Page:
Afghanistan: Western Interest Wanes

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photoFor the most part, Al Qaeda has been rooted out of Afghanistan. The Loya Jirga signaled the start of a new Afghan government. The Afghan people have been free of the Taliban for over six months. All signs point to a new Afghanistan, well on its way down the road of reconstruction.

Or is it? Al Qaeda may be out of the way, but infighting between ethnic Afghan warlords is still a significant problem. The nation's infrastructure is in shambles. The Afghan government feels the constant threat of political and military insecurity. This is not yet a "post-conflict society", as those who move in political circles like to say. Afghanistan is still a conflicted country, and tonight's guests say that it needs international assistance now more than ever.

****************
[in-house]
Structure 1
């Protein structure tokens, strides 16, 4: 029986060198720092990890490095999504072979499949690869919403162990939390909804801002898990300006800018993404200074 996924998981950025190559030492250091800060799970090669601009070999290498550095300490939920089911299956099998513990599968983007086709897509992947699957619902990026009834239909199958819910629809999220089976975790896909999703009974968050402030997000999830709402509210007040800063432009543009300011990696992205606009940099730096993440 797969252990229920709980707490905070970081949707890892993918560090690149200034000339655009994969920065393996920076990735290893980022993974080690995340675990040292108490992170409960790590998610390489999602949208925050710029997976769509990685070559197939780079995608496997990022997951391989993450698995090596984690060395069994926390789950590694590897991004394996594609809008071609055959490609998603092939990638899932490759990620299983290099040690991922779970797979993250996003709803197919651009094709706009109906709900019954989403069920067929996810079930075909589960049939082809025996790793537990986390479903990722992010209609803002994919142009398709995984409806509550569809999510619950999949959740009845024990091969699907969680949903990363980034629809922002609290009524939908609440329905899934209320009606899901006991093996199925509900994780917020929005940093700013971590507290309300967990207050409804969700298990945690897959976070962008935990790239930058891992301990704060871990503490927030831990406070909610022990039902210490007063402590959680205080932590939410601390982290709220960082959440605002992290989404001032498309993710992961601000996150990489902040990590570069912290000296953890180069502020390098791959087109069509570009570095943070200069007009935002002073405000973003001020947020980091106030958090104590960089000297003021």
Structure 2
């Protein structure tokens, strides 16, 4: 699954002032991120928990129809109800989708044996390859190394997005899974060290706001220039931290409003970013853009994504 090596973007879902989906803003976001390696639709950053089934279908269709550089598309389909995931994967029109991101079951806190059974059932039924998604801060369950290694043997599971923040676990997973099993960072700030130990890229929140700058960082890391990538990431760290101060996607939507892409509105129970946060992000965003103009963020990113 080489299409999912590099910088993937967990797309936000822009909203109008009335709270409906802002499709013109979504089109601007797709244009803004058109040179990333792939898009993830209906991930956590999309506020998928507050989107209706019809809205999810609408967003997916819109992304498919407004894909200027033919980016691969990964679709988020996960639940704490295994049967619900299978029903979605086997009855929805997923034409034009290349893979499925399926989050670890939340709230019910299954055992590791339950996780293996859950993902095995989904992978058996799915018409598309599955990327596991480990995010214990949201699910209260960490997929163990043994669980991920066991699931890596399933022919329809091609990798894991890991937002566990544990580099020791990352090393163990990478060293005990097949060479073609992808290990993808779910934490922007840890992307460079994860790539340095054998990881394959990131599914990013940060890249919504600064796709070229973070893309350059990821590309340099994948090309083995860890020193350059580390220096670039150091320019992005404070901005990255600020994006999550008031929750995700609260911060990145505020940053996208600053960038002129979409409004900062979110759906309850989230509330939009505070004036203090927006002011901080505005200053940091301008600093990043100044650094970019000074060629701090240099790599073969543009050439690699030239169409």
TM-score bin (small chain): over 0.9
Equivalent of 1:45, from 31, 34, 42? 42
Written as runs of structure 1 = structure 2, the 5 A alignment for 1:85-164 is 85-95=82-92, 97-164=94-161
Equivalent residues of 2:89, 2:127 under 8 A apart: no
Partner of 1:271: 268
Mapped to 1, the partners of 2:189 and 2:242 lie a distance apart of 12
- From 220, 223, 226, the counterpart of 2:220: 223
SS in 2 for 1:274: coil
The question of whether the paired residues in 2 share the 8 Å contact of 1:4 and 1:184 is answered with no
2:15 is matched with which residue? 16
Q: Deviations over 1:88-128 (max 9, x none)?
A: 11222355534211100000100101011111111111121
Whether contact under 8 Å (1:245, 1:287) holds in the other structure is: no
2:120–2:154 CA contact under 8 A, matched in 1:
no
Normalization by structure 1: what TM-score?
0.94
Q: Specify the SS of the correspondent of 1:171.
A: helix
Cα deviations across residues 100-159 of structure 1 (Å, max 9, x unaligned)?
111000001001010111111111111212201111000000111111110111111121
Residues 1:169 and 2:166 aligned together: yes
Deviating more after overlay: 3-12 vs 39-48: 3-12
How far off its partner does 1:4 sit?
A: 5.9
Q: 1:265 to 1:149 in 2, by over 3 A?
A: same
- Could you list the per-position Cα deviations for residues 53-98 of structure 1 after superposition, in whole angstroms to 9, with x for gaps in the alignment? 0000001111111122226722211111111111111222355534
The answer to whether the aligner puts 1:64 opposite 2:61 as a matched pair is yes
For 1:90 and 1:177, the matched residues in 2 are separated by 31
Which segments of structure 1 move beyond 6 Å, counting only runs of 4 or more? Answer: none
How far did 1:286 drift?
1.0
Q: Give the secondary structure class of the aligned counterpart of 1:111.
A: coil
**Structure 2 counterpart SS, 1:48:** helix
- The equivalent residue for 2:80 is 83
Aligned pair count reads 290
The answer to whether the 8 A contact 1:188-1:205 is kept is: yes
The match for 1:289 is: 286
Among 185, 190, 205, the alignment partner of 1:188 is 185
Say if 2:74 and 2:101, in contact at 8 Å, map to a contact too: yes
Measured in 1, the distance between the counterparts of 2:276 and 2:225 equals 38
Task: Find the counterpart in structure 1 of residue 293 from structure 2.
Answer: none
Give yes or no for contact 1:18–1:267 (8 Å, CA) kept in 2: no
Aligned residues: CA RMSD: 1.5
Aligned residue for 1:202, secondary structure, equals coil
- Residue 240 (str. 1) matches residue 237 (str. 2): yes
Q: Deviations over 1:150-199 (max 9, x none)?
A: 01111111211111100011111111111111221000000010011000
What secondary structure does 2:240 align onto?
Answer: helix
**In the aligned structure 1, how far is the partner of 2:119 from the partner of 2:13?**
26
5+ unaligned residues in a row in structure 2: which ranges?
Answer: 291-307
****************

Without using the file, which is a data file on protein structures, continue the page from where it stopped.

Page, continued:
The Afghan people want the U.S.-led coalition to make a serious, long-term commitment to rebuilding the country. The U.S. wants a stable Afghanistan, and a stable Central Asia. It seems that what's best for Afghanistan is what's best for America. So why is there the creeping feeling that Washington won't do what it takes to help put Afghanistan back on solid ground?

This hour, On Point: Waning Western interest in Afghanistan. Should the U.S. become the world's premier nation builder?


Rina Amiri ~ UNESCO advisor, member of the Afghan Women's Network and advisor to the Ministry of Women's Affairs

Thomas Gouttierre ~ Dean of International Studies and Programs and Director of the Center for Afghanistan Studies at the University of Nebraska-Omaha

Jack Beatty ~ On Point News Analyst and Senior Editor at the Atlantic Monthly Magazine

This program aired on July 29, 2002.


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